Many wise Christians counsel care when undertaking a self-examination of one’s spiritual life – the dual temptations of condemnation and flattery are too great; so it was with some trepidation that I recently examined my prayer life… not the frequency… not the consistency… not the conviction… but the results. It wasn’t pretty.
Perhaps too often, I have judged prayer by worldly standards, but if there is one thing that should never be judged by worldly standards it must surely be prayer because the audience of prayer should never be the world. How does God judge prayer? With due reverence, I think that He doesn’t judge prayer, rather he hears true prayer and does not hear false prayer.
…and whatsoever ye shall ask in my name, that will I do, that the Father may be glorified in the Son. (John 14:13)
…and the evil spirit answered and said, Jesus I know, and Paul I know; but who are ye? (Acts 19:15)
God has ordained that whatever we ask in his name, he will do it. Even the demons seem to know this. But what then does it mean to ask in his name? Earthly kings of old had signet rings that would attest the authority of its bearer. If a king gave his ring to someone, that person could perform actions “in the name” of the king. Today’s equivalent might be the credit card. If you give your credit card to someone they may purchase goods in your name. But if someone tries to use a forged signet ring or credit card, then the results are not so good. The rest of the story from Acts 19 says “Then the man with the evil spirit leaped on them, overpowered them, and attacked them with such violence that they fled from the house, naked and battered.”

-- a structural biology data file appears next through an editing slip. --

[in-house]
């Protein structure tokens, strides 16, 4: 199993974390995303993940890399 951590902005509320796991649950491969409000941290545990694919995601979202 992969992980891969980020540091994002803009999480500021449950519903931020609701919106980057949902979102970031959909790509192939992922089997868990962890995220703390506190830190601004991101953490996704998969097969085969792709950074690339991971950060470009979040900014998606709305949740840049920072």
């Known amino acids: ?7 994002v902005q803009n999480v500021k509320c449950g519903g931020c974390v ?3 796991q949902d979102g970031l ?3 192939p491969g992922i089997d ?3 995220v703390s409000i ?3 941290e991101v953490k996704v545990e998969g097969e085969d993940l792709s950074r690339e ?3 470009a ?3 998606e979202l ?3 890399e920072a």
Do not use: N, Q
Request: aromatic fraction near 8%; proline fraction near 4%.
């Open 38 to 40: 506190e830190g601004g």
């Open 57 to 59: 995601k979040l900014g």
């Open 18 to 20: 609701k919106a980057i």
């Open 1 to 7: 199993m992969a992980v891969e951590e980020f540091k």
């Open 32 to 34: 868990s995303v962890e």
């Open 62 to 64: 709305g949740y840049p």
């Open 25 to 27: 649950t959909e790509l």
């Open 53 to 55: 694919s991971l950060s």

Our heavenly king has willingly agreed to loan us his signet ring – his credit card. In so doing; however, he has trusted us to use it for his will. At the last supper, Jesus explained to his disciples that he and the father were one, that he only did that which the father had willed. His prayers were effective, because he prayed the will of the father. Later that night, in the Garden of Gethsemane, Christ prayed to his father again. Christ wanted not to have to drink from the cup, but even more he desired that his father’s will be done. He prayed for God’s will… his prayer was answered.
When the efficacy of our prayers is in question… the question to ask is not whether we will win the God lottery, but rather if we are in God’s will and whether what we are asking for is God’s will. If not, we are not asking in his name and should not expect an answer. God desires that all of us join with his son and become one with him... to become his son so that he can give us his name, that we may ask in his name and that he will be glorified in us.